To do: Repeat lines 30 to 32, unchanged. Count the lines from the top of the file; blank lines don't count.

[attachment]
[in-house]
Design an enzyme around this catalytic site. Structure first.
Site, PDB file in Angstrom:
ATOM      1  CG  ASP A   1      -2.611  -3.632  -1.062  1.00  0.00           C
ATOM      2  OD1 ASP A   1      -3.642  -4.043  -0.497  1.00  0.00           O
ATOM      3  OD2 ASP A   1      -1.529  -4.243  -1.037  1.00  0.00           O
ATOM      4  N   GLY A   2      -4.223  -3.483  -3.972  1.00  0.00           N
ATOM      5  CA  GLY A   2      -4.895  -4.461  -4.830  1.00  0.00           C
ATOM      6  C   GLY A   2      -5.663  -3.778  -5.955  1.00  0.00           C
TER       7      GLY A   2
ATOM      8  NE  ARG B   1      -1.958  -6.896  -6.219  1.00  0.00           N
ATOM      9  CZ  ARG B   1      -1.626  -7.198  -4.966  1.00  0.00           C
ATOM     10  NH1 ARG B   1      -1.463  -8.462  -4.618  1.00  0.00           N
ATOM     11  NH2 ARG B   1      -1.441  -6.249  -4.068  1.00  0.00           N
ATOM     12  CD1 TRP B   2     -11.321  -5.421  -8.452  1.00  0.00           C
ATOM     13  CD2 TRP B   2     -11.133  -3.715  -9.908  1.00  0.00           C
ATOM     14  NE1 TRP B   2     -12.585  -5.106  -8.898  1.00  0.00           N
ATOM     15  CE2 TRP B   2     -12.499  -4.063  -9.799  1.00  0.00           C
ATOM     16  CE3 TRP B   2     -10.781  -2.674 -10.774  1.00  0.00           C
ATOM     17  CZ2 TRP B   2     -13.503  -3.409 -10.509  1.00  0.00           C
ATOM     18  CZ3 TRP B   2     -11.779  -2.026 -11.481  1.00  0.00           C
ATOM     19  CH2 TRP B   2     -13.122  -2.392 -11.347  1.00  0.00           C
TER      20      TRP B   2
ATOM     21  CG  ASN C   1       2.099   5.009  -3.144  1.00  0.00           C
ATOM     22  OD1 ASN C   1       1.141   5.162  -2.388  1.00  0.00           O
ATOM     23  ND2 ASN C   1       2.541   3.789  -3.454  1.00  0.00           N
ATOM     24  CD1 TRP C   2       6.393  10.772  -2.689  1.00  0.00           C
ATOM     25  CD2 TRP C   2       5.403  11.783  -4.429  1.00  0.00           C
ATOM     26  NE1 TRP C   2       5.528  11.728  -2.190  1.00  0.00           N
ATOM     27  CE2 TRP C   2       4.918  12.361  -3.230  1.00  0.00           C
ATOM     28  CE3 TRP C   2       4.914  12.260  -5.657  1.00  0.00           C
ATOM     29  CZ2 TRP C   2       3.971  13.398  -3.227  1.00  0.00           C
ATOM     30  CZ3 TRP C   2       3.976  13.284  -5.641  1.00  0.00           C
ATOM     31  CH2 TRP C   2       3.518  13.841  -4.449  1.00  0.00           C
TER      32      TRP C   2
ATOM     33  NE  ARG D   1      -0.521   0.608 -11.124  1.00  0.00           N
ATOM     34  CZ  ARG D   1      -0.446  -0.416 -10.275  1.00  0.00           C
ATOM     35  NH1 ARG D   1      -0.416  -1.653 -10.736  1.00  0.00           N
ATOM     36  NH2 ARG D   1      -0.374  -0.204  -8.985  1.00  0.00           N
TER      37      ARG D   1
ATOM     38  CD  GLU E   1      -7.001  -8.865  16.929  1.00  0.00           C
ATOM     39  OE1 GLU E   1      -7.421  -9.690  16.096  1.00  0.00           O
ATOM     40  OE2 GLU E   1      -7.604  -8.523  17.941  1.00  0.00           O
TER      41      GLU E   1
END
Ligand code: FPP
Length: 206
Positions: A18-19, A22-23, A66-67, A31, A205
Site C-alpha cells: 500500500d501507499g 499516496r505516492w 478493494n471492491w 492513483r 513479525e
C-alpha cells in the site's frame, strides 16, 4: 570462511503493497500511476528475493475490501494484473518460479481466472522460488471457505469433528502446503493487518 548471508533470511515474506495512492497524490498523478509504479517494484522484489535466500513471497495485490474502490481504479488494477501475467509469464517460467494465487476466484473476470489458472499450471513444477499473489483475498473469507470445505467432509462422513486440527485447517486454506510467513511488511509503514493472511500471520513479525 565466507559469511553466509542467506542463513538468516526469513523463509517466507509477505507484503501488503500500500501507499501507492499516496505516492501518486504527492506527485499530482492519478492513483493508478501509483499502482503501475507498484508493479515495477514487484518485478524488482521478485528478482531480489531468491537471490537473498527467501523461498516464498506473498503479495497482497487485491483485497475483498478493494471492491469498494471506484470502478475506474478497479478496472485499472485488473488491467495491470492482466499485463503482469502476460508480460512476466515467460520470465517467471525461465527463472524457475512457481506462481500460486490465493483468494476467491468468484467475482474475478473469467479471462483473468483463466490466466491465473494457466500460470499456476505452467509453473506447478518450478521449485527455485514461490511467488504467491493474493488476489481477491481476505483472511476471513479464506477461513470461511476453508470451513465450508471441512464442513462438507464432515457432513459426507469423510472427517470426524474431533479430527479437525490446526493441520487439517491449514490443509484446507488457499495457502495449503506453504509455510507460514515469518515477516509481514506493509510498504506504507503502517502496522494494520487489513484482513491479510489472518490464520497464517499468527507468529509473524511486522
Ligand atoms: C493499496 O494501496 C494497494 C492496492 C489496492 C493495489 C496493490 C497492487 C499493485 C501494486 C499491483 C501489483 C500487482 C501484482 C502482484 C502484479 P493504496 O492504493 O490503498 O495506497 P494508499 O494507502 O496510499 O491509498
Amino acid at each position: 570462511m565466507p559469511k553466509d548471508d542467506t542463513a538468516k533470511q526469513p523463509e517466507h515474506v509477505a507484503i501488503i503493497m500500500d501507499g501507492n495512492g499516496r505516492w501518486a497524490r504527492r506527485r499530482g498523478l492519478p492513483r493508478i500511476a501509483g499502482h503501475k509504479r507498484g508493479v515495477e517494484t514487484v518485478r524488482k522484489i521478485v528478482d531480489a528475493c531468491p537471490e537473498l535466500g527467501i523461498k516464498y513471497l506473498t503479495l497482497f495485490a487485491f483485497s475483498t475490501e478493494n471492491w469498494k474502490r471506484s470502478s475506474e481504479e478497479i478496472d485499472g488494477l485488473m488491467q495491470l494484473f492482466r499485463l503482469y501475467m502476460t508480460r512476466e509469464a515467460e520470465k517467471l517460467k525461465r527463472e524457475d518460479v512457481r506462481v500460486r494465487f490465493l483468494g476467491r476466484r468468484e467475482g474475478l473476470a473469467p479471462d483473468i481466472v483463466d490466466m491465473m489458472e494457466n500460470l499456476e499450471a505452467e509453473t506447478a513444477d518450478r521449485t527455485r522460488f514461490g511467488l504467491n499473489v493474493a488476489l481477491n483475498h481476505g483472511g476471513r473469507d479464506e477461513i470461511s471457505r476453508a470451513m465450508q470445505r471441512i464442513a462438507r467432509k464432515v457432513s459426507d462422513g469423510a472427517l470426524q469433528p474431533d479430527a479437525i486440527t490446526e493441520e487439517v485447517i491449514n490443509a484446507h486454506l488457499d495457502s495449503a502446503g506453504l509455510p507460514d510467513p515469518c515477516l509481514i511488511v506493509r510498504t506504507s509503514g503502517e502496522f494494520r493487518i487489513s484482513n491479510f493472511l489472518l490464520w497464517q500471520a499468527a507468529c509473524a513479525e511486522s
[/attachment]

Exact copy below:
ATOM     27  CE2 TRP C   2       4.918  12.361  -3.230  1.00  0.00           C
ATOM     28  CE3 TRP C   2       4.914  12.260  -5.657  1.00  0.00           C
ATOM     29  CZ2 TRP C   2       3.971  13.398  -3.227  1.00  0.00           C